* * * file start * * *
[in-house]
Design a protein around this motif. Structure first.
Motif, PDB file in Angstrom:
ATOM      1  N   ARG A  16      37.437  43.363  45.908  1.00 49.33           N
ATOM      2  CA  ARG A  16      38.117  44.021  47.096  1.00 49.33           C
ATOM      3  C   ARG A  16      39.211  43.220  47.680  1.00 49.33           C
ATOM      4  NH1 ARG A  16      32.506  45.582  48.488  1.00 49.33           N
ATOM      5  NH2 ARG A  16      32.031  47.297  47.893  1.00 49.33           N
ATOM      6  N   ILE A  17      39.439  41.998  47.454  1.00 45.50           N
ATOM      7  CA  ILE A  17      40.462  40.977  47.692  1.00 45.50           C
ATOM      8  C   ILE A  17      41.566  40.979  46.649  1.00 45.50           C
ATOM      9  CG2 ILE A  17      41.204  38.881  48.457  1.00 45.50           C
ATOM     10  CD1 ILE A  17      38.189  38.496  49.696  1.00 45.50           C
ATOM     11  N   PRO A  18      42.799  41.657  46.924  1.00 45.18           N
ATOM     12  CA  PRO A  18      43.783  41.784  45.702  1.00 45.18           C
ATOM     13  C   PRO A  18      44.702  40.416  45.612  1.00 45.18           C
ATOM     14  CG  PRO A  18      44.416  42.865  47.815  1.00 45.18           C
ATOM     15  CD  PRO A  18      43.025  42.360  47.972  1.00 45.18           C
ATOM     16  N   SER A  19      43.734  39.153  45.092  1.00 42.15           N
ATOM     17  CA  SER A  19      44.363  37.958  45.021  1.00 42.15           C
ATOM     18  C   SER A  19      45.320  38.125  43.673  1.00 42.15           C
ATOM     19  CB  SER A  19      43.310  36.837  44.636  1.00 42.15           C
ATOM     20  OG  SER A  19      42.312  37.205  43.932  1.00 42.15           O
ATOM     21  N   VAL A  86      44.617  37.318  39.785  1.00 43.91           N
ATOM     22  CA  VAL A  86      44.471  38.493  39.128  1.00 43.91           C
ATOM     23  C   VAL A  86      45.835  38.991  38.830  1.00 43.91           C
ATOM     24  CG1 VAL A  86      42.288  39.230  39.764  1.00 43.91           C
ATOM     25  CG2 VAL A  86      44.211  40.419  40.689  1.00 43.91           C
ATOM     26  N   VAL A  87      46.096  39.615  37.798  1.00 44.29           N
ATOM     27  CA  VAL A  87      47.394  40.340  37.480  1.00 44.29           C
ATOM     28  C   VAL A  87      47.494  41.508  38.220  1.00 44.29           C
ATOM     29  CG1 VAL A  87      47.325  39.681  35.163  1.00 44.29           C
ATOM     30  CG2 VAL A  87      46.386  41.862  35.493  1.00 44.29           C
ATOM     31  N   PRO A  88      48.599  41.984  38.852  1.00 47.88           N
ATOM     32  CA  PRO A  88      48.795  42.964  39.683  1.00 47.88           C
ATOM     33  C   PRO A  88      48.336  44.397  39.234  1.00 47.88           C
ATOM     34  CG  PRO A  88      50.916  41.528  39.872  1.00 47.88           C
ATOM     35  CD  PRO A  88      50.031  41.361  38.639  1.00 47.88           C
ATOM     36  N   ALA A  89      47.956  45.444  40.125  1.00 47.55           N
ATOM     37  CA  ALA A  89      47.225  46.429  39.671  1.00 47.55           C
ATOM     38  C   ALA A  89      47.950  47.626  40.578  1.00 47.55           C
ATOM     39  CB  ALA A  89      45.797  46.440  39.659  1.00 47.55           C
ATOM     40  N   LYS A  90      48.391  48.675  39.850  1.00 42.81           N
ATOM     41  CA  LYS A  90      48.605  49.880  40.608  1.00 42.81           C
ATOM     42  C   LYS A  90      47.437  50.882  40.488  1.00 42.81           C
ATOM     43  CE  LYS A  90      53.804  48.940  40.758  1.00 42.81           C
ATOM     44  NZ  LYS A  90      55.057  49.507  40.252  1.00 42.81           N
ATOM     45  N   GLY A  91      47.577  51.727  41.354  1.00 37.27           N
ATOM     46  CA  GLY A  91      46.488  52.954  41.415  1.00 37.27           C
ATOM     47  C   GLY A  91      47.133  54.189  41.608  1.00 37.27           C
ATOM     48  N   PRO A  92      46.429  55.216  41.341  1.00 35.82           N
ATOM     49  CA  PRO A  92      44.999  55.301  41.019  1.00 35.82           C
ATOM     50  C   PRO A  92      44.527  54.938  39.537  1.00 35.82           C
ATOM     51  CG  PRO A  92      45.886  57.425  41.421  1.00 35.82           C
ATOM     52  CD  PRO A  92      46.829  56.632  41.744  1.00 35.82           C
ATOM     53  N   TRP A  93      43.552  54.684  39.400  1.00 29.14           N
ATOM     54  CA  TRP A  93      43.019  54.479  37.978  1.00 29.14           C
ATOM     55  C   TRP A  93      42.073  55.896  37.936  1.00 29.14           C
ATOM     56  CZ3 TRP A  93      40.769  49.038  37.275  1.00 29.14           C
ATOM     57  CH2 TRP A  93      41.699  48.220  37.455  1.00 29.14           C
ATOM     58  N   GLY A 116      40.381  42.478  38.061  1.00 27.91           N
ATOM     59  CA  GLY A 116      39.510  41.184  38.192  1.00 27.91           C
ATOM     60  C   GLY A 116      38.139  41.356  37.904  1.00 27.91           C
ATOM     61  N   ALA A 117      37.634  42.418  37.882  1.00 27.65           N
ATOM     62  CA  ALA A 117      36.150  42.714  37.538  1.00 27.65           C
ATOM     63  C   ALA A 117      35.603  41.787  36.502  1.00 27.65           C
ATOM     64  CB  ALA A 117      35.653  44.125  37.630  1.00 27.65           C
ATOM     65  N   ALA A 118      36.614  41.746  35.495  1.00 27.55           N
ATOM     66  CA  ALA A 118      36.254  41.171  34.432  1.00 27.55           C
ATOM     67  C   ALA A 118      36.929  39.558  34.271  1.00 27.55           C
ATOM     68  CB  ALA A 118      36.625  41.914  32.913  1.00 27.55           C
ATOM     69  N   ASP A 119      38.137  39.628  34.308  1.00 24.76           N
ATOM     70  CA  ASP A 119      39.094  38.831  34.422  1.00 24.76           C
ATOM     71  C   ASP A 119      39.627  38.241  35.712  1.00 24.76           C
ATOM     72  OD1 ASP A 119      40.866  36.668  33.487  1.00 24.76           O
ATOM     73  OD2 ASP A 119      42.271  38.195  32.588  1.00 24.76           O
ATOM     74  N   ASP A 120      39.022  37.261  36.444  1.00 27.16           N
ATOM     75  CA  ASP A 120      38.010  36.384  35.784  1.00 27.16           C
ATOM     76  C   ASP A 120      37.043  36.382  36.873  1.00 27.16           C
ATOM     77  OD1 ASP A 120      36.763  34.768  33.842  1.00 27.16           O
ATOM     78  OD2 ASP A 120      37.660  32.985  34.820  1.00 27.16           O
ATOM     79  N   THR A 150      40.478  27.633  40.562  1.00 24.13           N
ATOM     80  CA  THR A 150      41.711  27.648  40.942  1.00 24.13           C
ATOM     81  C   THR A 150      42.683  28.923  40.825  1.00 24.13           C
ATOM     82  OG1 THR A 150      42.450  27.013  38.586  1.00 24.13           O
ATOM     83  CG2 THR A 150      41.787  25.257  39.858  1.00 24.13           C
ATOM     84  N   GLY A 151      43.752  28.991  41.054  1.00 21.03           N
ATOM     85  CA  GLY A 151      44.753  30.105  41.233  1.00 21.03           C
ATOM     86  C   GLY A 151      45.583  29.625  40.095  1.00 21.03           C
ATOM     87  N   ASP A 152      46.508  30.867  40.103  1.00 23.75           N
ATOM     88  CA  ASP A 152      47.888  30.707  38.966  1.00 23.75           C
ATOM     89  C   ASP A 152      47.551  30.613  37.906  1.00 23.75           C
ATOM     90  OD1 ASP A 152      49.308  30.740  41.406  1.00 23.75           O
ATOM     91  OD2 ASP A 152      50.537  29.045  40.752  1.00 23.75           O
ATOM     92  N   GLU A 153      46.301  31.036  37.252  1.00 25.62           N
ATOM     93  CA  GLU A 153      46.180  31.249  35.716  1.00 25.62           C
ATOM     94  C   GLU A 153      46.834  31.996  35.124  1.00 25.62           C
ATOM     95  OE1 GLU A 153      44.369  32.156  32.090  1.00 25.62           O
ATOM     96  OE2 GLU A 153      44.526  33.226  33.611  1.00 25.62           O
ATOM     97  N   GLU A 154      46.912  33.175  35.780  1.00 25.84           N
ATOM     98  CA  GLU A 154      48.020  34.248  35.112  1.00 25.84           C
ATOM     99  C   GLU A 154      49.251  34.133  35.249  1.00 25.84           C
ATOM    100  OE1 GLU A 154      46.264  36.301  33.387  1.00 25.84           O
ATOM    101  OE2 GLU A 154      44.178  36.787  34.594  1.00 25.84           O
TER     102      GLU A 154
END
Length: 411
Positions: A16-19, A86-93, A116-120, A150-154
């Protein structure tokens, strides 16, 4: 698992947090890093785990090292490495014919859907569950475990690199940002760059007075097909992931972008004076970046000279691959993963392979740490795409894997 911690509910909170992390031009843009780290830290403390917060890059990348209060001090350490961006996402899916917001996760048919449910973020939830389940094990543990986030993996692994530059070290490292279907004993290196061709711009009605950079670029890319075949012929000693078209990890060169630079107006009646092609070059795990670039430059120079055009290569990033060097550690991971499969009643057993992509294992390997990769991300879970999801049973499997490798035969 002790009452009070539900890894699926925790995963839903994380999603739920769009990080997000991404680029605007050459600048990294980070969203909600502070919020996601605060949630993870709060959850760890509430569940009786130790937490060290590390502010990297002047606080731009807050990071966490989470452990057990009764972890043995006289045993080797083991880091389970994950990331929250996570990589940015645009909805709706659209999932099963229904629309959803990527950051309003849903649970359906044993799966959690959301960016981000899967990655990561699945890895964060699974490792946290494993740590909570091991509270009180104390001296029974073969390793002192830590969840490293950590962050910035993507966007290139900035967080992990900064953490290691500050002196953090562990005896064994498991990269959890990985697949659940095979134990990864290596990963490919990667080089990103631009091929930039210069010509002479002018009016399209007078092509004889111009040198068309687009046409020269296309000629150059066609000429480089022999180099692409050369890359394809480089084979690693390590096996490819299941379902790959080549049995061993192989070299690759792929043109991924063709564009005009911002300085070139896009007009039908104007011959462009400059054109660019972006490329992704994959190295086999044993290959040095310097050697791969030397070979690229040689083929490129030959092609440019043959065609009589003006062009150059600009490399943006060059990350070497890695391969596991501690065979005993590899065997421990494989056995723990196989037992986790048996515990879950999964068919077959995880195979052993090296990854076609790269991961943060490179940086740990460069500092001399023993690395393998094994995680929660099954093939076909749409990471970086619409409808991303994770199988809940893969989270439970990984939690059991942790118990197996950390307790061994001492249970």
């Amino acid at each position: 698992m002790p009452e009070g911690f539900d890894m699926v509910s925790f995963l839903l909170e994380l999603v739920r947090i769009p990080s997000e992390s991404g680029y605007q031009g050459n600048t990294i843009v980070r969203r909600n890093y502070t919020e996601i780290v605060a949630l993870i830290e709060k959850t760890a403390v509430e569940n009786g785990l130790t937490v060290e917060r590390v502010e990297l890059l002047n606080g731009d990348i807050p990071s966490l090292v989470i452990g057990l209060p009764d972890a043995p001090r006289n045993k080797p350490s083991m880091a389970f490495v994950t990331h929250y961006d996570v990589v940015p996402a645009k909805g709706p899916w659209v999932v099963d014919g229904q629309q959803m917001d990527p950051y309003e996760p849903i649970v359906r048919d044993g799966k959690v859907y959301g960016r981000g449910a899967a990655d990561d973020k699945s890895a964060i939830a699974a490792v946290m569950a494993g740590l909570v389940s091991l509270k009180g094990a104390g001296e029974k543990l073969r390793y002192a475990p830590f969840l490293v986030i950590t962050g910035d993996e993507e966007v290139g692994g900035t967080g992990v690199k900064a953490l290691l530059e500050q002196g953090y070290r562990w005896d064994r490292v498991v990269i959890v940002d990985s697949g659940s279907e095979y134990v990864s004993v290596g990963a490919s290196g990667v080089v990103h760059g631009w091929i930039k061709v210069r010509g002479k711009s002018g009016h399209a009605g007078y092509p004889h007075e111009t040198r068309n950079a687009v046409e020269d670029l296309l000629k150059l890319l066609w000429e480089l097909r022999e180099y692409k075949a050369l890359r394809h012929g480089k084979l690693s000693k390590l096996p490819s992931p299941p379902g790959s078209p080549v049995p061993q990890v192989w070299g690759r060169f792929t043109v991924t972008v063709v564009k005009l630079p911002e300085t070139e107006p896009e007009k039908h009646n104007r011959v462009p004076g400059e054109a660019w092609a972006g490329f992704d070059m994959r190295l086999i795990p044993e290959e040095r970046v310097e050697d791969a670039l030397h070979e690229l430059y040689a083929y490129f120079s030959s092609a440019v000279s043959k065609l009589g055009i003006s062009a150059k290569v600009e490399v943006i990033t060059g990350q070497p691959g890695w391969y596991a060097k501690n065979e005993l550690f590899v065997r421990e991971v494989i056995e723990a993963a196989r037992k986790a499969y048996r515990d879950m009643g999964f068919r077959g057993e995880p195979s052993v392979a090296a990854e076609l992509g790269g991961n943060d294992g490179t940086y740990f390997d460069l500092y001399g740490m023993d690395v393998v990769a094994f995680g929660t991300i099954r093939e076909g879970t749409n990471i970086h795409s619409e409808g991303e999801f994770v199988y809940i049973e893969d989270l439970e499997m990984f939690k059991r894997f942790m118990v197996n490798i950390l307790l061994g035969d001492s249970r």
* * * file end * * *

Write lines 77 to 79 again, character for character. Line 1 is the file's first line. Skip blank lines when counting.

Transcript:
ATOM     74  N   ASP A 120      39.022  37.261  36.444  1.00 27.16           N
ATOM     75  CA  ASP A 120      38.010  36.384  35.784  1.00 27.16           C
ATOM     76  C   ASP A 120      37.043  36.382  36.873  1.00 27.16           C